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Flitter, flutter, here come the butterflies of spring and summer!

mourning cloak; Credit: Jenna Siu

As I walked through the forest on a warm spring afternoon, I saw a dark creature flutter by. It was a mourning cloak butterfly! As I looked around, I saw more butterflies. A skittish eastern comma was feeding on sap from a sugar maple, while another sunned itself on the ground below the leafless canopy. My first butterfly sightings of 2017!

Every spring I look forward to seeing these colourful insects. I spent nearly two years catching, observing and studying them for my master’s research. It’s difficult not to become partial to butterflies after spending so much time with them.

great spangled fritillary; Credit: Jenna Siu

Not only are butterflies beautiful, they are incredibly diverse, with approximately 20,000 species worldwide. More than 100 of these are found in Ontario. Lepidopterists have studied some populations of butterflies for decades, generating data that has informed our understanding of butterfly population dynamics and the impacts of climate change, and helped us focus our conservation efforts.

Some of the first butterflies to watch for in the spring are mourning cloaks, eastern commas and Millbert’s tortoiseshells. The adults of these species hide in the leaf litter during winter, emerging to look for mates in spring when the temperature is warm enough.

Millbert’s tortoiseshell; Credit: Ryan Hodnett CC-BY-SA 2.0

Most other butterflies overwinter as eggs, caterpillars or chrysalides, stopping their development until spring. Examples include many hairstreaks that overwinter as eggs, fritillaries that overwinter as caterpillars and charismatic swallowtails that overwinter as chrysalides.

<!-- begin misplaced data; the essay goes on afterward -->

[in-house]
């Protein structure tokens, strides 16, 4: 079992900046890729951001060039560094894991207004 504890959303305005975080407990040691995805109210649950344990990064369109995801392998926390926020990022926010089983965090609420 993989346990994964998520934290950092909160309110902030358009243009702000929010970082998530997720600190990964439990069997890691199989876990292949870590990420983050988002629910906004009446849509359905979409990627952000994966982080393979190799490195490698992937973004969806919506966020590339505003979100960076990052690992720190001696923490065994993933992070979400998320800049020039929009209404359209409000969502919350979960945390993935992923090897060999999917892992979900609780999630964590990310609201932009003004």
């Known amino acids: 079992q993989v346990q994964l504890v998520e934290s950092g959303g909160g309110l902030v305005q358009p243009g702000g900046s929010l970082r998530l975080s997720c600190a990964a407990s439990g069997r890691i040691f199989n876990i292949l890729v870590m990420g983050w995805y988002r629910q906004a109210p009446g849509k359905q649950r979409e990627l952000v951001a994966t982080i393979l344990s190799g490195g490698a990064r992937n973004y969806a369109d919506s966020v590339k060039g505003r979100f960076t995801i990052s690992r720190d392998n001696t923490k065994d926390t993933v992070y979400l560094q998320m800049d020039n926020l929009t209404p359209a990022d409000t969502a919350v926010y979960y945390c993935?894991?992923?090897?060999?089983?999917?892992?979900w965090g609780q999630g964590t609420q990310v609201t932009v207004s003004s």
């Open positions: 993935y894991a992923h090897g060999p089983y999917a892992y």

eastern tiger swallowtail; Credit: Jenna Siu

Other species migrate to Ontario from their overwintering grounds farther south. Some are irregular visitors that get blown here by wind, such as pipevine swallowtails and painted ladies. Others, such as red admirals, are more common.

red admiral; Credit: Lindsay Barden

Iconic monarch butterflies migrate to Canada over several generations each spring, and fly nearly 5,000 kilometres back to Mexico each fall. By June, these large orange and black insects can be seen flittering around open meadows, often near patches of milkweed.

monarch butterfly on milkweed; Credit: Jenna Siu

Monarch butterflies serve as a stark reminder of the impact human behaviour can have on nature. Population estimates of this species have declined by 50 percent since the 1970s. Habitat loss and climate change are some of their biggest threats.

monarch butterfly; Credit: Sam Demers

When you are out this spring, look for early-emerging butterflies and watch as more species appear throughout the summer. Observe them closely and you may be amazed by the diversity and behaviour of these backyard animals.

Jenna Siu completed a masters degree in biology studying the effects of landscape fragmentation on butterflies in southern Ontario. She is a former Ontario Nature Conservation Assistant and is currently working for the Nature Conservancy of Canada as the Coordinator, Conservation Biology for Happy Valley Forest.


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1 Comment

  1. Fred Hughes

    Very informative, Jenna! Thanks for sharing….. I’m always happy to sight a butterfly and constantly amazed at their delicacy.

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